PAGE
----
WARSAW (Reuters) – Police have detained 25 people in Bialystok, eastern Poland, after attacks on those taking part in the city’s first equality march amid accusations that the ruling Law and Justice (PiS) party benefits from fuelling anti-gay sentiment.
Lesbian, gay, bisexual and transgender (LGBT) rights have become an issue in Poland ahead of a general election expected in October, with the conservative party depicting campaigners as a threat to traditional Polish values.
“Officers ensure security regardless of the ideas, values and beliefs proclaimed by citizens. Any person who breaks the law (…) should know they can be held responsible,” interior minister Elzbieta Witek said on Twitter on Sunday.
Videos posted on Twitter show men attacking participants in the march, including a woman, and shouting anti-LGBT insults. Some of the attackers were wearing football club t-shirts.
Last year during an equality march in Lublin, another eastern Polish city, activists were hounded by groups of men, who were dispersed by riot police firing tear gas.
This year, at a political rally before European Parliament elections, PiS leader Jaroslaw Kaczynski urged Poles to vote for what he called “the only party that gives a 100% guarantee that our values will be protected”.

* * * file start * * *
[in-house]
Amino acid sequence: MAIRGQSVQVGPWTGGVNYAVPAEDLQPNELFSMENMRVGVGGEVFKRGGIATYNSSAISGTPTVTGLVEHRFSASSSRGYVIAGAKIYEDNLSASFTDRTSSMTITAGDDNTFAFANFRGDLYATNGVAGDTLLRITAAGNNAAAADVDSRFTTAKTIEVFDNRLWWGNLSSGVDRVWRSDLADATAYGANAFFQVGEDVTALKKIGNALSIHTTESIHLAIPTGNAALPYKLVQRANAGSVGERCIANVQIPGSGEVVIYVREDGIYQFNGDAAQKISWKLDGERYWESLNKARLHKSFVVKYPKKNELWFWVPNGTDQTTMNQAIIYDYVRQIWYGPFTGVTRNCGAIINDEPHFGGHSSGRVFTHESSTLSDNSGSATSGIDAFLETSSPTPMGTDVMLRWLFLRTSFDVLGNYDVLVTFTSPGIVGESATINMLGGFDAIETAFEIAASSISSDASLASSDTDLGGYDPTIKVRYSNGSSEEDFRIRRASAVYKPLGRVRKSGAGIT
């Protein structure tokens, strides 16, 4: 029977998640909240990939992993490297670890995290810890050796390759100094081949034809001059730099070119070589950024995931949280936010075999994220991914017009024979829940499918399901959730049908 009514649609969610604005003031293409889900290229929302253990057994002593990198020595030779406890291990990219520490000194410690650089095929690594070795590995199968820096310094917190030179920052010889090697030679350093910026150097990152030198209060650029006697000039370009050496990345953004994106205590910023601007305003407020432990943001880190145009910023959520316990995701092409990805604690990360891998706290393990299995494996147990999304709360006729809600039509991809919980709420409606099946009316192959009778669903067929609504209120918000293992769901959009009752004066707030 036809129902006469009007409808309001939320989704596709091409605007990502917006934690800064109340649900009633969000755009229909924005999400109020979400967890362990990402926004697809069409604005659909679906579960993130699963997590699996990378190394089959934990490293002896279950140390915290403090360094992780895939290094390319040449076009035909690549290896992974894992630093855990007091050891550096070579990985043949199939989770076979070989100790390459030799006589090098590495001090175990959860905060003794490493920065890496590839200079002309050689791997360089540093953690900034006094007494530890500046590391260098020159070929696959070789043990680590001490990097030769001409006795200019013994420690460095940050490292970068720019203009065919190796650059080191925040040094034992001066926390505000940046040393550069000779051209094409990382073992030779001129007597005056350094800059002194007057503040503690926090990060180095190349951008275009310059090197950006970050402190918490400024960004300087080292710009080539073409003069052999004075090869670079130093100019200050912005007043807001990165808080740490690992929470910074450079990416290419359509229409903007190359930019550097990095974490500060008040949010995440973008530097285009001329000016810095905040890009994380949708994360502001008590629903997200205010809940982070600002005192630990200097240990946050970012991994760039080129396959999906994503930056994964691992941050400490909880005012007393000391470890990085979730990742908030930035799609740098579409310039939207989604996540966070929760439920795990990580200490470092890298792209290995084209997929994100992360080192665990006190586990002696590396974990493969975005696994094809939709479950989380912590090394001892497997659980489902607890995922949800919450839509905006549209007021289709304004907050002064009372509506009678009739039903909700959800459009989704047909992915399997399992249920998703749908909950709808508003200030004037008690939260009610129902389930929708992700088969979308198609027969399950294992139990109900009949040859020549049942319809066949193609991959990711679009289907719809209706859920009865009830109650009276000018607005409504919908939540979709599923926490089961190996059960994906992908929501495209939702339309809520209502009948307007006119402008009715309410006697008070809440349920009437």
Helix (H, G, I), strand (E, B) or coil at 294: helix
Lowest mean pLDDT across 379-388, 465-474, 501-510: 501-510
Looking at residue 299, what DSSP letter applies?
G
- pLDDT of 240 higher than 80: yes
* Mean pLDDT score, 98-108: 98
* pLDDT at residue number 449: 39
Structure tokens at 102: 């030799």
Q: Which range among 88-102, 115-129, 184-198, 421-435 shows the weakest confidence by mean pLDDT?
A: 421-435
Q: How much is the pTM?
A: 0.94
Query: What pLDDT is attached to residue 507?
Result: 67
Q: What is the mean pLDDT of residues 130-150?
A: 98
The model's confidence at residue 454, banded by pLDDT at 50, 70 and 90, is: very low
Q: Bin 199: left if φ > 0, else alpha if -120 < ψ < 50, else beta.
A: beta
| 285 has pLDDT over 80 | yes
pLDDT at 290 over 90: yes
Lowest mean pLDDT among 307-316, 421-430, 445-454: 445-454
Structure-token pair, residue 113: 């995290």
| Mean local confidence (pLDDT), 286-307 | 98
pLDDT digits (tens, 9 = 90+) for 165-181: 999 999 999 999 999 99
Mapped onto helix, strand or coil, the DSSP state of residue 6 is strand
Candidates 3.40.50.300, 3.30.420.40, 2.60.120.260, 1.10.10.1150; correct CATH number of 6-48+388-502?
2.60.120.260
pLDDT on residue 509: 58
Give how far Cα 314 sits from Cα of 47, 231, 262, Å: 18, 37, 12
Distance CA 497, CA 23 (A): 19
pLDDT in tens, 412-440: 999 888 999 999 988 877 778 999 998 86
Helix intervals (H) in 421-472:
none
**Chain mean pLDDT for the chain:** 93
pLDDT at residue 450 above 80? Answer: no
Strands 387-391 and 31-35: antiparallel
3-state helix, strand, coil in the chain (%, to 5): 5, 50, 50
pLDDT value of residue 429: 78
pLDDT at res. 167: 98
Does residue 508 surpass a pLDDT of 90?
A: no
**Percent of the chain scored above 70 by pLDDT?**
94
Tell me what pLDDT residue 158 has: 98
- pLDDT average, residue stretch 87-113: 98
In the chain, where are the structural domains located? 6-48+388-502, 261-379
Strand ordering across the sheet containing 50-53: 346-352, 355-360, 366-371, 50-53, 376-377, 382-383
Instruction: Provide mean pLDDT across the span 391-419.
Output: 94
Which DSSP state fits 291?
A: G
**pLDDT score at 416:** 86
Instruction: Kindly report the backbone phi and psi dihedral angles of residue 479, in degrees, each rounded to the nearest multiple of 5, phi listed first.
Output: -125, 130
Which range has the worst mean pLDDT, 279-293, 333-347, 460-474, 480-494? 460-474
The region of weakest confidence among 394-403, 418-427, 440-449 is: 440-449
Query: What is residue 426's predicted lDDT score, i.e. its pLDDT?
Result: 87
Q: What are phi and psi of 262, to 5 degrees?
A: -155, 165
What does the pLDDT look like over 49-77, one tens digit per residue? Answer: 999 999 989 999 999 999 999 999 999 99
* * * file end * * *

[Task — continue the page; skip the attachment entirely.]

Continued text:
LGBT rights constitute foreign values that pose “a real threat to our identity, to our nation”, he said. Some observers see parallels with the party’s 2015 campaign, when it deployed anti-immigrant rhetoric.
“One should condemn any act of hooliganism and I condemn it doubly (…) Firstly because you can’t beat, yank people under any circumstances,” PiS legislator Marcin Horala told broadcaster TVN24.
“But also because nothing helps promote LGBT in Poland as much as giving them the role of victim, as was the case in Bialystok,” he added.
PiS took power in 2015 and remains popular thanks to generous welfare payouts, low unemployment and its nationalist rhetoric.
A newspaper supporting PiS was criticised in recent days by the U.S. and British embassies for its plan to put an “LGBT-free zone” sticker on one of its editions.
(Reporting by Marcin Goclowski; Editing by Anna Wlodarczak-Semczuk and Dale Hudson)